A big controversy boils in Major League Baseball over Barry Bonds breaking Hank Aaron's home run record. It is no secret that Barry Bonds and performance enhancement substances are intimately acquainted. And yet, the sports world is divided about how to view Bond's achievements. On the one hand this from John Lopez of the Houston Chronicle:
And for all those who would argue Bonds' cause, pointing to the same old arguments that Bonds was a supreme hitter before steroids, that not much evidence has stuck on him or that resentment is unfair or race-related, get real.On the other hand there are those who believe Bonds is singled out because he's black. They believe that there would be no controversy if he were white. A CBS-ESPN poll seems to bolster this opinion. Only 37% of blacks polled believe Bonds used 'roids while 76% of whites think he did. Seattle P-I writer Ted Miller sees this behind the numbers:
Believe whatever you want regarding how much Bonds knew about the drugs he was ingesting from 2001 through 2003. The fact is, grand-jury testimony showed that he indeed took human growth hormone, depo-testosterone, undetectable steroids known as "the cream" and "the clear," insulin, and Clomid, a drug for female infertility that sometimes is used to enhance the effect of testosterone.
No matter Bonds' story, that's flat-out breaking the law. Bonds cheated and stole from the game.
I would buy the racial thing, except a white guy (McGwire) and a Puerto Rican guy (Sosa) will live with asterisks next to their names in the annals of baseball history, too. The mark might not be on paper, but it will be in everyone's minds.
First off, few blacks really believe Bonds never took steroids, despite 36 percent saying so in the poll (call it an overwhelming, though unscientific, impression gathered from various conversations). Savvy poll respondents often don't say what they think. They break down the question and answer in a way intended to support their agenda.
If a magical being suddenly appeared and announced he would produce irrefutable proof of whether Bonds did or didn't take performance-enhancing drugs, how many of that 36 percent would rush their opinion to a Vegas bookie? Please.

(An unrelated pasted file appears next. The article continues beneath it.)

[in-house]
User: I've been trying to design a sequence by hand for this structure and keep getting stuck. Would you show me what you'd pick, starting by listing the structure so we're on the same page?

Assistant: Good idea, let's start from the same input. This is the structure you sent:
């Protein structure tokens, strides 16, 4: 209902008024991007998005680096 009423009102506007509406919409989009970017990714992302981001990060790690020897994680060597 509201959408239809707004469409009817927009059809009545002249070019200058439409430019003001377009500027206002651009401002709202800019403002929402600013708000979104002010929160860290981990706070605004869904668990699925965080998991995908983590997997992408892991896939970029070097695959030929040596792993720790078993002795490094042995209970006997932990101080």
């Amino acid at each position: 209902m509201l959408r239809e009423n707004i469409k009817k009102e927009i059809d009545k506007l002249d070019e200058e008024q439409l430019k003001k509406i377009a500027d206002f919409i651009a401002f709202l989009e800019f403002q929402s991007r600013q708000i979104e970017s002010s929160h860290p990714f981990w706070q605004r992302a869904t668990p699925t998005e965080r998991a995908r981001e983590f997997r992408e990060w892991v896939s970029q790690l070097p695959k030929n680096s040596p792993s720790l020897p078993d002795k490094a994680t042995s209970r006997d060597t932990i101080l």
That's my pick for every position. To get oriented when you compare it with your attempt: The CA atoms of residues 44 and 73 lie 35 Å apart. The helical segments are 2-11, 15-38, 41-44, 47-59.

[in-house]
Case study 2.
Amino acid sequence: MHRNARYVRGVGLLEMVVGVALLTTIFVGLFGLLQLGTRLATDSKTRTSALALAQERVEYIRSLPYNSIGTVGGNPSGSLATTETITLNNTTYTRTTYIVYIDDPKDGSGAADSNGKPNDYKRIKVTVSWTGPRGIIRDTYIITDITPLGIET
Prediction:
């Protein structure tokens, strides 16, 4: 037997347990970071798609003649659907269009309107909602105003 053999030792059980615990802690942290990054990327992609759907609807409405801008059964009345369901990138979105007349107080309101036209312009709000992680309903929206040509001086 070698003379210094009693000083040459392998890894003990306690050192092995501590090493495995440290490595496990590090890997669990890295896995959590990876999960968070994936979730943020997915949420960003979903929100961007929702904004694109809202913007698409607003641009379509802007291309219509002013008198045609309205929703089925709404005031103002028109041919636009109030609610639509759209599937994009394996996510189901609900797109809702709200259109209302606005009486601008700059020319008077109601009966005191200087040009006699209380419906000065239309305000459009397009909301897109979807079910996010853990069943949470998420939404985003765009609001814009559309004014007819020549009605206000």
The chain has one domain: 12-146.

This isn't to say the 36 percent is stupid or full of it. Their intention isn't to answer the question. It's to protest the process by which Bonds became a pariah. By announcing that, in effect, they won't believe Bonds took steroids until they see a needle sticking out of his rear end with their own two eyes, they are sending a message -- one of racial solidarity, one that asserts their belief in the continuing prevalence of institutionalized racism and one of stubborn resistance to a system that has railroaded so many in the past.
If there is any hypocrisy, it isn't racial. It's financial. All of these guys enjoyed and continue to enjoy the kudos during the hunt for the records. They make a game exciting. They bring fans to the park. The fans love it and don't want to hear about the steroids. They're as high on excitement as the players are on dope. Everyone loves an enhanced athlete. But then they wake up the next day feeling kinda sick. It felt real but it was a fling.
Breaking the record of a respected great like Hank Aaron reinforces the hangover. Okay, it's fun watching balls get bashed out of the park when nothing big is at stake, but it's not so much fun to see a beloved athlete's record broke by a cheater. It's not fair--even if everyone from Bud Selig to the kid in the cheap seats cheered the homeruns.
So, Bond's won't get to enjoy the record the same way a natural athlete would be able to, no matter his race. Bond is a victim of his own enhanced success. It was all well and good to make records year in and year out, but he's broaching on something sacred. And while he's a big-time hitter, his pseudo-strength makes Hank Aaron look that much more a true giant. And no, it's not just the homeruns. It's also because Aaron didn't cheat. It's because he played at a time of disgusting, rampant racism yet persevered with grace. It's because he played with dignity and amazing athleticism. Aaron as a man, not just a player, puts Bond's achievements in stark contrast. Barry Bonds isn't even in a small way the man that Hank Aaron is, so he's just going to have to live with the doubt and derision.
Is Barry Bonds as great as Hank Aaron? Maybe. But that's just it: because he cheated we'll never know for sure. And that's why dope is bad for sports.